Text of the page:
Teeth are necessary for chopping food into small pieces to make digestion easier. Each person has two sets of teeth: the primary teeth, which emerge in infancy, and the secondary teeth, which gradually replace the primary teeth in late childhood. Both sets are protected from damage and decay by a hard coating of enamel and by the gums, which cover the roots.
Good oral hygiene is essential because without regular brushing and flossing of the teeth and gums, tooth decay or gum disease may develop. Improved oral hygiene and the addition of fluoride to water in many parts of the world in order to harden teeth have made tooth decay far less common today than it was several decades ago.
The first articles in this section deal with tooth disorders that are usually caused by neglect of oral hygiene, such as toothache and tooth decay. If left untreated, tooth decay may spread to the central parts of the teeth and cause pulpitis. Pus may eventually build up at the root of a tooth due to infection, resulting in a dental abscess. Poor oral hygiene can also cause teeth to become discoloured. Malocclusion caused by teeth that have grown unevenly or become overcrowded is covered in Malocclusiion. Sometimes teeth are missing or are broken or lost due to injury. Problems of the temporomandibular joint are covered in the last article of this section. Teething in babies is discussed in the children’s section.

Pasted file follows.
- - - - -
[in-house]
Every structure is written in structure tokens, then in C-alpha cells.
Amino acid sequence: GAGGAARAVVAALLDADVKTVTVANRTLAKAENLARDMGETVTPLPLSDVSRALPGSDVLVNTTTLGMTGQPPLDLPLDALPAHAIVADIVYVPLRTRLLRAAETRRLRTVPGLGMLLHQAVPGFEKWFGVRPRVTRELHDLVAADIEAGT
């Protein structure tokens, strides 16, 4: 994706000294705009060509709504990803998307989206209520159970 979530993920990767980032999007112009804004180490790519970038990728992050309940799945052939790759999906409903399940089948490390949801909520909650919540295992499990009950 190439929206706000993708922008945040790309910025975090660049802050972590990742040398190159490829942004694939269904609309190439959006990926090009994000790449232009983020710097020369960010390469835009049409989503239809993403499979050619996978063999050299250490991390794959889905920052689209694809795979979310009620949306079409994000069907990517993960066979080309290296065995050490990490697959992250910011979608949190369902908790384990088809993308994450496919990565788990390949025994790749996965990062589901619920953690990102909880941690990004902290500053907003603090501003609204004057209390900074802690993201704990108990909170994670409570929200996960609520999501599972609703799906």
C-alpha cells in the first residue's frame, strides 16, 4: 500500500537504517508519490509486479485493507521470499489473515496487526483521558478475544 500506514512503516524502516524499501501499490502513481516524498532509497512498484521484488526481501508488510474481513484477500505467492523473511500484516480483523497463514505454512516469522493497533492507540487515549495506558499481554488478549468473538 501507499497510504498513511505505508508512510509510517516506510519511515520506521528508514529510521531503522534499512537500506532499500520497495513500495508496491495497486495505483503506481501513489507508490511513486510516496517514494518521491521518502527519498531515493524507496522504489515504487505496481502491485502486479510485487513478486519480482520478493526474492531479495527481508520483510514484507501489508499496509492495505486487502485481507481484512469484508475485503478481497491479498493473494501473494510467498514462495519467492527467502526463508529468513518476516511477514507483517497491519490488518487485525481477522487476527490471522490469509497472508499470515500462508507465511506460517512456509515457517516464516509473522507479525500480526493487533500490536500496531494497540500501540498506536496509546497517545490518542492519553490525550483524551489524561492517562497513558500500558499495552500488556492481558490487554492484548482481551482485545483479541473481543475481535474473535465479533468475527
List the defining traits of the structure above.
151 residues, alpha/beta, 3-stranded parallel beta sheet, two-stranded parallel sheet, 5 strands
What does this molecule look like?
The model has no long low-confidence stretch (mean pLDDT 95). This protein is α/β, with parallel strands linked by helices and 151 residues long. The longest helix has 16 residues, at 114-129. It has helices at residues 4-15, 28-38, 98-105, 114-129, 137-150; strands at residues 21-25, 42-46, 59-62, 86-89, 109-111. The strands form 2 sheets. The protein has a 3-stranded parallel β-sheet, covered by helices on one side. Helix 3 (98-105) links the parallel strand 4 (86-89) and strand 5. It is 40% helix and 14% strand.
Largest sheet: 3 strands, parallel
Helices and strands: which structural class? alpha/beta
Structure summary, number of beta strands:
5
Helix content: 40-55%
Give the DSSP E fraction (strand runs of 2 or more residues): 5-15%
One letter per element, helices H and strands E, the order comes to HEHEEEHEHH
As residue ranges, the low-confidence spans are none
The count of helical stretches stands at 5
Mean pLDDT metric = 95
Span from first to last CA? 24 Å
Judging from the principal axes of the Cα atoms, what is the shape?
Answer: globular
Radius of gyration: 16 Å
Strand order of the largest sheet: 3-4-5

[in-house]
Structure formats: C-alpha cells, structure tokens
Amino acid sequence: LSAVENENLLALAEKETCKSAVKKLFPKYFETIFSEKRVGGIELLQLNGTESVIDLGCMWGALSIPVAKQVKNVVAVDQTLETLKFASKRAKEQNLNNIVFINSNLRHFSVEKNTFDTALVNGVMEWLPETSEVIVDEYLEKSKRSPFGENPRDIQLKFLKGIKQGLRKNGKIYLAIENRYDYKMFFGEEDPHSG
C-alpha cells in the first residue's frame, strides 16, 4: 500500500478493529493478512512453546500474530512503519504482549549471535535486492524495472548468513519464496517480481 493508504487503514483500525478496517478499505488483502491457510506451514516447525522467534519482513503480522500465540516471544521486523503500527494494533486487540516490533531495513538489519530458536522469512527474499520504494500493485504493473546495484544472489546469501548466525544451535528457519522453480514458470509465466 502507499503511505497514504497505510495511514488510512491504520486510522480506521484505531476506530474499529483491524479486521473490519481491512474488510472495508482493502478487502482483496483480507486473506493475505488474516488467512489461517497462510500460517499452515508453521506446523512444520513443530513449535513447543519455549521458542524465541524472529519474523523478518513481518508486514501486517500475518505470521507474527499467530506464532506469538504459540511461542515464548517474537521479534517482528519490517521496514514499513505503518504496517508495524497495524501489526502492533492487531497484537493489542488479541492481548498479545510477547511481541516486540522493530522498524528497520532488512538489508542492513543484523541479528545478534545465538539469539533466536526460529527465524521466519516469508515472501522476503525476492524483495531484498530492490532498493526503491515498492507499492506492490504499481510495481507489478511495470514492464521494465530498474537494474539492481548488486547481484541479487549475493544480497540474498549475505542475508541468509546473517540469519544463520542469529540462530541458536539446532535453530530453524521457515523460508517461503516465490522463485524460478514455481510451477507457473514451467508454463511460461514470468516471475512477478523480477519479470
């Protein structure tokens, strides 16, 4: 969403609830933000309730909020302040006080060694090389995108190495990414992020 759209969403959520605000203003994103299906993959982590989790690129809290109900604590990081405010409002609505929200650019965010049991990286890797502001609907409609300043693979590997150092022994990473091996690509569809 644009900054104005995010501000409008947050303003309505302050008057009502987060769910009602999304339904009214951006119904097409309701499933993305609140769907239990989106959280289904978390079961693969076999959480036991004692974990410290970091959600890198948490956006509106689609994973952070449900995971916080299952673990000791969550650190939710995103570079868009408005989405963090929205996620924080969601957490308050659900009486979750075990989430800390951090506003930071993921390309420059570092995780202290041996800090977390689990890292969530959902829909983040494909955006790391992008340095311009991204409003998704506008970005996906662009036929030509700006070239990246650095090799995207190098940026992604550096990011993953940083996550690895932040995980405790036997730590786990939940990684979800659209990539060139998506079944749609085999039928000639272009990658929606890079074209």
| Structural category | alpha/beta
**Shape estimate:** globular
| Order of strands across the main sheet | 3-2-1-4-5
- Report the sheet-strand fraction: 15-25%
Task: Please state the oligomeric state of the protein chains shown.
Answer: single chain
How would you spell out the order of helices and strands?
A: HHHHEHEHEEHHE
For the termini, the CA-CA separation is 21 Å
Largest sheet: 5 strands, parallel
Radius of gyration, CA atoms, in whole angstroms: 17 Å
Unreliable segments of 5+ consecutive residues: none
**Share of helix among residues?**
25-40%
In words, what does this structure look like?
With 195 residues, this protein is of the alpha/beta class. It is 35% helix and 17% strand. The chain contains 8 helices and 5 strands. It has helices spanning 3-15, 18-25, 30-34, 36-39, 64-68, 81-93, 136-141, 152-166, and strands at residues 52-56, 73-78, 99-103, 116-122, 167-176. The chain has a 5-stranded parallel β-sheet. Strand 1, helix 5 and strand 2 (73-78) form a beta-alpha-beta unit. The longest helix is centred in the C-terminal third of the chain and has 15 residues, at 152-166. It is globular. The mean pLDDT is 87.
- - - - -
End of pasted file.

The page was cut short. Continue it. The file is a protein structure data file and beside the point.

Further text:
For more information on the structure and function of teeth, see Teeth and Gums.
From the 2010 revision of the Complete Home Medical Guide © Dorling Kindersley Limited.
The subjects, conditions and treatments covered in this encyclopaedia are for information only and may not be covered by your insurance product should you make a claim.